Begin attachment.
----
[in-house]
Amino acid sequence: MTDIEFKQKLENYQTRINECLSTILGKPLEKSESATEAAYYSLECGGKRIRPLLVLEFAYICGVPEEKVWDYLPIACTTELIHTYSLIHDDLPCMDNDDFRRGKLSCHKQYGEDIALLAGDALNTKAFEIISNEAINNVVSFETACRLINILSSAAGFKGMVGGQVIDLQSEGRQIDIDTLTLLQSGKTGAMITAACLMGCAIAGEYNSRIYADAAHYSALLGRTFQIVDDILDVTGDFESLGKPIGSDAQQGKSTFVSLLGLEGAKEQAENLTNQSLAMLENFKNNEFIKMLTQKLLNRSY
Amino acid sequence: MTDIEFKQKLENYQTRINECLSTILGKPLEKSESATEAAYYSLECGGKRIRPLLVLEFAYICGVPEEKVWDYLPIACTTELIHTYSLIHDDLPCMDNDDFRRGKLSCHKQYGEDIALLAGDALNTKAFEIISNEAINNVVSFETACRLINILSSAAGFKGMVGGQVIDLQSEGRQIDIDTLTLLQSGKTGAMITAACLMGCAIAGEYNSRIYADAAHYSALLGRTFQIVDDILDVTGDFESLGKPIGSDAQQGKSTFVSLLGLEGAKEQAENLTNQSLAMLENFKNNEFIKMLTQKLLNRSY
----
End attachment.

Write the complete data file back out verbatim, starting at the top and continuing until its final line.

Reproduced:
[in-house]
Amino acid sequence: MTDIEFKQKLENYQTRINECLSTILGKPLEKSESATEAAYYSLECGGKRIRPLLVLEFAYICGVPEEKVWDYLPIACTTELIHTYSLIHDDLPCMDNDDFRRGKLSCHKQYGEDIALLAGDALNTKAFEIISNEAINNVVSFETACRLINILSSAAGFKGMVGGQVIDLQSEGRQIDIDTLTLLQSGKTGAMITAACLMGCAIAGEYNSRIYADAAHYSALLGRTFQIVDDILDVTGDFESLGKPIGSDAQQGKSTFVSLLGLEGAKEQAENLTNQSLAMLENFKNNEFIKMLTQKLLNRSY
Amino acid sequence: MTDIEFKQKLENYQTRINECLSTILGKPLEKSESATEAAYYSLECGGKRIRPLLVLEFAYICGVPEEKVWDYLPIACTTELIHTYSLIHDDLPCMDNDDFRRGKLSCHKQYGEDIALLAGDALNTKAFEIISNEAINNVVSFETACRLINILSSAAGFKGMVGGQVIDLQSEGRQIDIDTLTLLQSGKTGAMITAACLMGCAIAGEYNSRIYADAAHYSALLGRTFQIVDDILDVTGDFESLGKPIGSDAQQGKSTFVSLLGLEGAKEQAENLTNQSLAMLENFKNNEFIKMLTQKLLNRSY